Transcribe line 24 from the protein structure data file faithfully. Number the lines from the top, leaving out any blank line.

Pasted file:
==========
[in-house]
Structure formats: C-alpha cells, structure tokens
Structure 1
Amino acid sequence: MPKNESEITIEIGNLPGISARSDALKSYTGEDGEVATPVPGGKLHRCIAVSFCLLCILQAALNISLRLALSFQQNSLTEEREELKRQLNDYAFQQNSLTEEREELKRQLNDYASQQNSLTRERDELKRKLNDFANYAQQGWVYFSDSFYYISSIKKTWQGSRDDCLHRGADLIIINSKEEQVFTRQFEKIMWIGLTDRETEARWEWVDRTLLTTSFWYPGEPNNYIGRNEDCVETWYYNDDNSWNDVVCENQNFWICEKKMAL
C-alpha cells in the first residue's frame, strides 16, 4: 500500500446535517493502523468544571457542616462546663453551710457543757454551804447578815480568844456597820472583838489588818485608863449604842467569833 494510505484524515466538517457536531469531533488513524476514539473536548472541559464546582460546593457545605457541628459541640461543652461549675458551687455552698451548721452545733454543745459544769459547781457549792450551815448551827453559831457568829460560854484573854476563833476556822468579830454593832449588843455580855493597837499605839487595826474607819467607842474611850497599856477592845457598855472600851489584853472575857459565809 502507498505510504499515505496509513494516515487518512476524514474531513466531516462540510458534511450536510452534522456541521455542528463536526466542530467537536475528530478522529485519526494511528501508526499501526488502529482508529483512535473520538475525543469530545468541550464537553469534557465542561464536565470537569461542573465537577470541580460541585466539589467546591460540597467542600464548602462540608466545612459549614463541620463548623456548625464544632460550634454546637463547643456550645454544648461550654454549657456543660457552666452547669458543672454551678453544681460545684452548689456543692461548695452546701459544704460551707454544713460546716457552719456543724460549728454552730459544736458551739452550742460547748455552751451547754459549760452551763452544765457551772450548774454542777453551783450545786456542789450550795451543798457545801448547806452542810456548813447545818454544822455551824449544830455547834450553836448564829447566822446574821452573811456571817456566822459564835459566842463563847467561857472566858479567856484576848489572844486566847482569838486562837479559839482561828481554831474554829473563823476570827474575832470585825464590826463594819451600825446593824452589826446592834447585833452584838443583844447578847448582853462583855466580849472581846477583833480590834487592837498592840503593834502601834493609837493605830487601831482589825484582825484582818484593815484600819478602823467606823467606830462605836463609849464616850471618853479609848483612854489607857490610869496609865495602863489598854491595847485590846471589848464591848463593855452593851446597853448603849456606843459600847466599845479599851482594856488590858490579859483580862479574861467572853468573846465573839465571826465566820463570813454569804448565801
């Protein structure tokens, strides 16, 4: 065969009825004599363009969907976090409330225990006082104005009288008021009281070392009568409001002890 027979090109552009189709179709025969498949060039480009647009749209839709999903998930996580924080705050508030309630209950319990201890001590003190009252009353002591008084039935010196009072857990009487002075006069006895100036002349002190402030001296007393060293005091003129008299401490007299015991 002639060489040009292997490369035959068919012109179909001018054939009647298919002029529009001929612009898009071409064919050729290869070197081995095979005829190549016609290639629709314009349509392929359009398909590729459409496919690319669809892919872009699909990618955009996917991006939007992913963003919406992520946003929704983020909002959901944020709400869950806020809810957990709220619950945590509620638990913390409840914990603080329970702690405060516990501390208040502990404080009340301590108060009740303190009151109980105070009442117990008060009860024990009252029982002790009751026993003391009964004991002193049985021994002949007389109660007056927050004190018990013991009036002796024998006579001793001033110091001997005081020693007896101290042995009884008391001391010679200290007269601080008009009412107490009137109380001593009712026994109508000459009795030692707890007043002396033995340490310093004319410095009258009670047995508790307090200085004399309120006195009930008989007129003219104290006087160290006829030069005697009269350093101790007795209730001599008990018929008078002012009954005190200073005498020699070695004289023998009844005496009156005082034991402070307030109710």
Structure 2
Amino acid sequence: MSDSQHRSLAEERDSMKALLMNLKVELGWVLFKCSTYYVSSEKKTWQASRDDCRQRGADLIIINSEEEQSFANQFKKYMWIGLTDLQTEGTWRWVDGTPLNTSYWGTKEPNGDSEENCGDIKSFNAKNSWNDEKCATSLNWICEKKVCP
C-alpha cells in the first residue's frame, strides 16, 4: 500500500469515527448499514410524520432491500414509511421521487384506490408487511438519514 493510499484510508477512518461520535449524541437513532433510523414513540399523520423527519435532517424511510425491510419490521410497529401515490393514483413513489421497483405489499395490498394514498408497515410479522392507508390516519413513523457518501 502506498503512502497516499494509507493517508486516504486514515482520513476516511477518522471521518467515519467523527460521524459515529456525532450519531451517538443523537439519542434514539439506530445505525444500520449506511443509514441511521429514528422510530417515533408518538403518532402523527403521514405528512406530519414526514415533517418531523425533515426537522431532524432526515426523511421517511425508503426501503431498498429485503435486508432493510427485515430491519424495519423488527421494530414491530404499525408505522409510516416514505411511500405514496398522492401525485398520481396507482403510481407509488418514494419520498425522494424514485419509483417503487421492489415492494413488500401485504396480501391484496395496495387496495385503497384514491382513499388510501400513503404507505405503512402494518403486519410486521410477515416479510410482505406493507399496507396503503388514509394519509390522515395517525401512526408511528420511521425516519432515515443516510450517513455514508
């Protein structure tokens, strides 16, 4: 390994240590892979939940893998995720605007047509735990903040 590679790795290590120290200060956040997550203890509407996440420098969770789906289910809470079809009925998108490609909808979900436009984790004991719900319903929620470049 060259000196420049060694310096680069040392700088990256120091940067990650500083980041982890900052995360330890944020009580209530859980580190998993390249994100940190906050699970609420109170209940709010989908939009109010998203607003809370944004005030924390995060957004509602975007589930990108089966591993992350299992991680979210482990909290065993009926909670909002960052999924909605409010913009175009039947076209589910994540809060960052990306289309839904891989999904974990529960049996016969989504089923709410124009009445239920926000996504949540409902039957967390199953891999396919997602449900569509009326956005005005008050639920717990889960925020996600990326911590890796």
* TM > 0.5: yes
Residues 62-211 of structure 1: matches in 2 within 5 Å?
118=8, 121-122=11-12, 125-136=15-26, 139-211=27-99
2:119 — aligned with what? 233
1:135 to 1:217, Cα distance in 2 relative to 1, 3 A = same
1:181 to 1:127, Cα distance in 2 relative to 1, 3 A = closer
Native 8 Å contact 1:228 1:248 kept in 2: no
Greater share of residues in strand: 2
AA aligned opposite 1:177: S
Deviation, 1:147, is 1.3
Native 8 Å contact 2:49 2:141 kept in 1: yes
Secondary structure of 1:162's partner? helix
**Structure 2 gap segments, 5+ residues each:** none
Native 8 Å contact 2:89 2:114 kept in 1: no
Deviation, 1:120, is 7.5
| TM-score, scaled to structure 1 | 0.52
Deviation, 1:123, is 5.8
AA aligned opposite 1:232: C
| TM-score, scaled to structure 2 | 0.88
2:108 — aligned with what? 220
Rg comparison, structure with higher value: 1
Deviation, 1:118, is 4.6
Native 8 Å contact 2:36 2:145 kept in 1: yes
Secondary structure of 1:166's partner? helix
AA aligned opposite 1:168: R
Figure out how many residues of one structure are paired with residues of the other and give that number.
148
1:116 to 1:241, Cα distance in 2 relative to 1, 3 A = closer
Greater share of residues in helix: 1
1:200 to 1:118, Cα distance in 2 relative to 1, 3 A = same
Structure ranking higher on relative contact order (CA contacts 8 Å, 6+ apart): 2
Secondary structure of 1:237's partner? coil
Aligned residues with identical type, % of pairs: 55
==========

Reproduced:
Native 8 Å contact 2:89 2:114 kept in 1: no